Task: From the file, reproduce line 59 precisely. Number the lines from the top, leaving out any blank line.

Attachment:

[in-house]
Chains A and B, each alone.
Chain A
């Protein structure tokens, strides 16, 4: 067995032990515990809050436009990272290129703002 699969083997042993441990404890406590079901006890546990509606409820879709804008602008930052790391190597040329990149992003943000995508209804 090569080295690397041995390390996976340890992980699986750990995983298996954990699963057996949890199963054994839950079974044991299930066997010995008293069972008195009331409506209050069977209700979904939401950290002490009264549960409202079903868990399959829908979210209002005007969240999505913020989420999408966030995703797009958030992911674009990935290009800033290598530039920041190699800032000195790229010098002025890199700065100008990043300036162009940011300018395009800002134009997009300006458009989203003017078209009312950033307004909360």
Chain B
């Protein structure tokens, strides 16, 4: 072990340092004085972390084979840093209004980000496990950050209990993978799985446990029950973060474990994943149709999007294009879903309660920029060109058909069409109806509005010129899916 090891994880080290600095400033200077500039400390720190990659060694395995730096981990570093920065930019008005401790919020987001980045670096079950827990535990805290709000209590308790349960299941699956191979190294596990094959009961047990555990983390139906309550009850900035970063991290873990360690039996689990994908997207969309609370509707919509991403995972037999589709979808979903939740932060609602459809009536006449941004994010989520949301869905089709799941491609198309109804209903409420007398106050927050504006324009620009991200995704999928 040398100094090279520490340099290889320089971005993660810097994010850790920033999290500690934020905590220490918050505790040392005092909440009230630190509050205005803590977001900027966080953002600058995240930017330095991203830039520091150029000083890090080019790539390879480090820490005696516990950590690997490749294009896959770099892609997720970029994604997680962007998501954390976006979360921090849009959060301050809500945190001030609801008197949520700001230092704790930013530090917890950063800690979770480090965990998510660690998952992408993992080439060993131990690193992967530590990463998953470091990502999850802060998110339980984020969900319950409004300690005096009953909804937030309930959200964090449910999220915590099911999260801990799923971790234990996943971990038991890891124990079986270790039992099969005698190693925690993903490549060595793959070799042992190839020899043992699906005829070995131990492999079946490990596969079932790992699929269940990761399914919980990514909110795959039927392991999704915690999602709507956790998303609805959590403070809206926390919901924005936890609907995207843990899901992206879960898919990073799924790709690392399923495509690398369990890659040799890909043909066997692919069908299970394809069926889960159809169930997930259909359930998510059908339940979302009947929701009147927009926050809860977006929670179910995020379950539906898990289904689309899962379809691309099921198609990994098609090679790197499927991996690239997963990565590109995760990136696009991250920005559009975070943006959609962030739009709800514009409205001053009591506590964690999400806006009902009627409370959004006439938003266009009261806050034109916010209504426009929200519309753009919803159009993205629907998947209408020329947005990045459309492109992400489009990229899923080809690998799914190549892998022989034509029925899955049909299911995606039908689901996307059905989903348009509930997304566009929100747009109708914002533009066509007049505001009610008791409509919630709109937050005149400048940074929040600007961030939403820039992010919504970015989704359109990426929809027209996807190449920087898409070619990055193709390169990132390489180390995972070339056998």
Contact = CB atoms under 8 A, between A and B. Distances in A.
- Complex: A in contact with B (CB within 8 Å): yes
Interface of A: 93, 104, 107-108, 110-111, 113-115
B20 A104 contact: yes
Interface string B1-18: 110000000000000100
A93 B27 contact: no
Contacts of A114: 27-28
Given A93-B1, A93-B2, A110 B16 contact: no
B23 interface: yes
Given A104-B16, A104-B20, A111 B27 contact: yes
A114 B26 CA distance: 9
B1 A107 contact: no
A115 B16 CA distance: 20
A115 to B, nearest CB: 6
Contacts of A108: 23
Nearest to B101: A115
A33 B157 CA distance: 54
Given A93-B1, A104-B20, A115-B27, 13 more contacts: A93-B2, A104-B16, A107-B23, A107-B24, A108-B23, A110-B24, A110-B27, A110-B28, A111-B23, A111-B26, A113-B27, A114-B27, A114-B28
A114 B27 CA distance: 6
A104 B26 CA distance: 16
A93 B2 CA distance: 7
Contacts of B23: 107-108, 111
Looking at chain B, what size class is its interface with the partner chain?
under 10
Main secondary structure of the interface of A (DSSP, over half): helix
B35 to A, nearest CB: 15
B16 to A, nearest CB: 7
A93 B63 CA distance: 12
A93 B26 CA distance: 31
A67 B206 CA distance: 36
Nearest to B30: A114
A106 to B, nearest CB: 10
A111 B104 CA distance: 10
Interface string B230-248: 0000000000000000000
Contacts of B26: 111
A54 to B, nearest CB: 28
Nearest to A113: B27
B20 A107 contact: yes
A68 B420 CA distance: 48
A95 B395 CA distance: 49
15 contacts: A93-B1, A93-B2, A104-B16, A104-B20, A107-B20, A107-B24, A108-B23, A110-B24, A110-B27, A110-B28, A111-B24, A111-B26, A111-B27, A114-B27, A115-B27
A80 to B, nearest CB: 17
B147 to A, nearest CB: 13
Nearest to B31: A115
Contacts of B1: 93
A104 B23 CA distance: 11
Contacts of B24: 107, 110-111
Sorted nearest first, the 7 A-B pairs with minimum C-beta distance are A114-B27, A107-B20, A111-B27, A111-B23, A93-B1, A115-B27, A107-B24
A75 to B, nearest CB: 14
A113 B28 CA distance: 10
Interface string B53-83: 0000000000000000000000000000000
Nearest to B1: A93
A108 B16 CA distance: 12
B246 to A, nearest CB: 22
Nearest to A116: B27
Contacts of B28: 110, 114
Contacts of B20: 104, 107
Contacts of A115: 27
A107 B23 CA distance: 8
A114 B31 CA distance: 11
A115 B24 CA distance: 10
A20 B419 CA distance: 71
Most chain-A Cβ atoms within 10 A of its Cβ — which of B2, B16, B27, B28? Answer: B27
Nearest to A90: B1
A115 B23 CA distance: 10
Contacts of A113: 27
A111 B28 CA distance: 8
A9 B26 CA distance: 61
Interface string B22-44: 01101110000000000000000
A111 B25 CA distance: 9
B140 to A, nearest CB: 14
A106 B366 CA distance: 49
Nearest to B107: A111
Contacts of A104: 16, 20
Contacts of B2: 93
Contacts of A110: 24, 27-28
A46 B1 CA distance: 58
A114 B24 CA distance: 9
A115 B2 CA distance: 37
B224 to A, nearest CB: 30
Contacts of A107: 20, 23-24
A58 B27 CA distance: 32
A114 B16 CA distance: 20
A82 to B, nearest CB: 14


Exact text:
A108 B16 CA distance: 12